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The more your business grows, the more your data grows and the more you need to consolidate.


FinancialPharmaceuticalInsuranceManufacturingMetadata Management

    A Public Manufacturing Company in New York


The Client, a manufacturing public company based in upstate New York is involved in diverse business such as Glass-Tube Manufacturing for LCD TV, Life Science, Cabling system, etc and has branches, subsidiary, distribution offices throughout the United States and has huge presence in 17 countries globally (Japan, Austria, Germany, UK, France, India, Korea, etc).

The company started off as Glass manufacturer and began diversifying and acquired multiple lines of business when it became a Public company. A cash-rich company so involved in the expansion started making new customers and acquired several existing customers from the newly formed subsidiaries or acquired companies.


Owing to this rapid expansion and huge customer growth, the Client inherited multiple disparate systems and applications and their Sales, Marketing and IT departments exploded with new hires with newer opportunities.

Technology Stack:

v  Cable Systems: 17 SAP dissimilar environments (4 versions)

v  Life Science: Oracle and home-grown applications

v  Glass Mfgr: Peoplesoft ERP, SCM, CRM

v  Corporate: Peoplesoft ERP, CRM, SCM, & EPM


Problem #1:

The Client had established credits to their customer organizations and had put a cap on the credit limit based on the Customers worth and history as obtained from 3rd party data providers like D&B and Experian. Though the credit establishment was done at the Client corporate level, the client branches and subsidiaries were allowed to make their decisions on their own and there was no direct communication link between the Parent corporate and the Child Branch/Subsidiary offices. When the Customer of the Client itself was operating in multiple locations, the gap multiplied and resulted in disarray and haphazard business dealing which involved each location having the max credit limit which never got consolidated at the parent customer level. For example, if ACME Company has 3 locations and with a credit limit of $10 million dollars, each of the location received $10 million dollars as against distribution of the said credit. This was due to the fact that operations at each client locations were silo-ed in nature that it resulted in loss of communication with the Client corporate function and credit information was not balanced on time. This practice created havoc as the corporate finance department did not understand the type of problem situation they are in and started having incorrect invoicing and billing. The other problem that creeped in was customers started defaulting on their credit and at some point in time, some customers even returned the merchandize that was sent because of overlimit.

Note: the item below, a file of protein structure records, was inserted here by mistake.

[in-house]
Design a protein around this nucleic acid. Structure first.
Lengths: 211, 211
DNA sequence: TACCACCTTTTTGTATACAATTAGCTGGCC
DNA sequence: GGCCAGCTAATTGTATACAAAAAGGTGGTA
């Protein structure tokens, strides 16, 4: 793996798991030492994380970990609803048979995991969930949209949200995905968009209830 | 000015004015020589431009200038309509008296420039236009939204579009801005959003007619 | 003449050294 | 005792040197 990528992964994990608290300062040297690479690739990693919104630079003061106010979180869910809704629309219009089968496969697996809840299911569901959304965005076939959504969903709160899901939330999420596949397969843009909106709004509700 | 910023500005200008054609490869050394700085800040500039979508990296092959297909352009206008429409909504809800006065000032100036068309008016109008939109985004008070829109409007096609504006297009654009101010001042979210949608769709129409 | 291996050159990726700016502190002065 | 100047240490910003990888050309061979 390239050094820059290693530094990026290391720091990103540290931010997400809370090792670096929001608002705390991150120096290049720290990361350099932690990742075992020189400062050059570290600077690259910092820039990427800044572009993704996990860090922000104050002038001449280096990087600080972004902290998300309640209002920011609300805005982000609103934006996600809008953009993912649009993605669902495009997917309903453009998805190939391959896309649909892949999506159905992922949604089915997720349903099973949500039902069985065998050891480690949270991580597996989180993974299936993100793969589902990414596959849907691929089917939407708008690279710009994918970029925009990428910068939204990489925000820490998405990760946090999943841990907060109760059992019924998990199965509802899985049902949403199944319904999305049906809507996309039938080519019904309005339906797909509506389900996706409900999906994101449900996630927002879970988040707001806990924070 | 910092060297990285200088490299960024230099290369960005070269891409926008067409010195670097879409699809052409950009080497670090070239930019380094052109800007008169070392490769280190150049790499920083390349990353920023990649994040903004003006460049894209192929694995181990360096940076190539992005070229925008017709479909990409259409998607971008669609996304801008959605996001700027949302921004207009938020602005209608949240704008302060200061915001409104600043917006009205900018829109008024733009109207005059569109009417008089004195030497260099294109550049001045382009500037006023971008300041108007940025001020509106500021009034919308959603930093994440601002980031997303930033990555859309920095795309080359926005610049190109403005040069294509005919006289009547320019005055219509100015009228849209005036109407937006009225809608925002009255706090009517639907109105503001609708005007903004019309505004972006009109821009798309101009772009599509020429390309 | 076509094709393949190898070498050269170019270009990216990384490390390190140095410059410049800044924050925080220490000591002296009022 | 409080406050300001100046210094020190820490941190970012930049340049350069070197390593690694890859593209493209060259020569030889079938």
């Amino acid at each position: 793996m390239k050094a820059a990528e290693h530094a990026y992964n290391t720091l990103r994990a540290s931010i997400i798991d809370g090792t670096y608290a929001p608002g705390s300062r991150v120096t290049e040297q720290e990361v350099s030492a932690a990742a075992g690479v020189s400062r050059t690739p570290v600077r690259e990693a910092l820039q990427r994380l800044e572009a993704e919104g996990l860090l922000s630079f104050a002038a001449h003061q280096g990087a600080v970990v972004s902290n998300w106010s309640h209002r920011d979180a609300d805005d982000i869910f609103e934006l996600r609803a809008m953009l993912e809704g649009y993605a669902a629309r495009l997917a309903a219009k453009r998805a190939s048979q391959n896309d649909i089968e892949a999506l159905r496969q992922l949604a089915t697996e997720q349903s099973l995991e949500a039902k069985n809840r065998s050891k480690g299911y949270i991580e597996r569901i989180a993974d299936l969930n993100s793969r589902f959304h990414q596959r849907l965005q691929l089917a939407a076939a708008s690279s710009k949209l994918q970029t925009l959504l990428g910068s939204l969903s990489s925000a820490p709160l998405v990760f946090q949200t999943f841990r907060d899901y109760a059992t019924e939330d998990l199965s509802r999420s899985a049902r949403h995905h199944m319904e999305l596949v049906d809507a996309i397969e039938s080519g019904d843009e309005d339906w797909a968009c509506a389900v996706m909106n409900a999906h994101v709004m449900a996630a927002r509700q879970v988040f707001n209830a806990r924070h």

Problem #2:

The Client was unable to track their customers properly and some of these customers were also suppliers to the Client such as Verizon who were customers because they purchased cabling equipment and were suppliers because they sold telephone equipment and service.

Apart from this, there were duplicate Customer records and record had their unique customer identification. Owing to this, the Client was unable to understand who their true customers were and lost key statistics on their profile and buying behavior.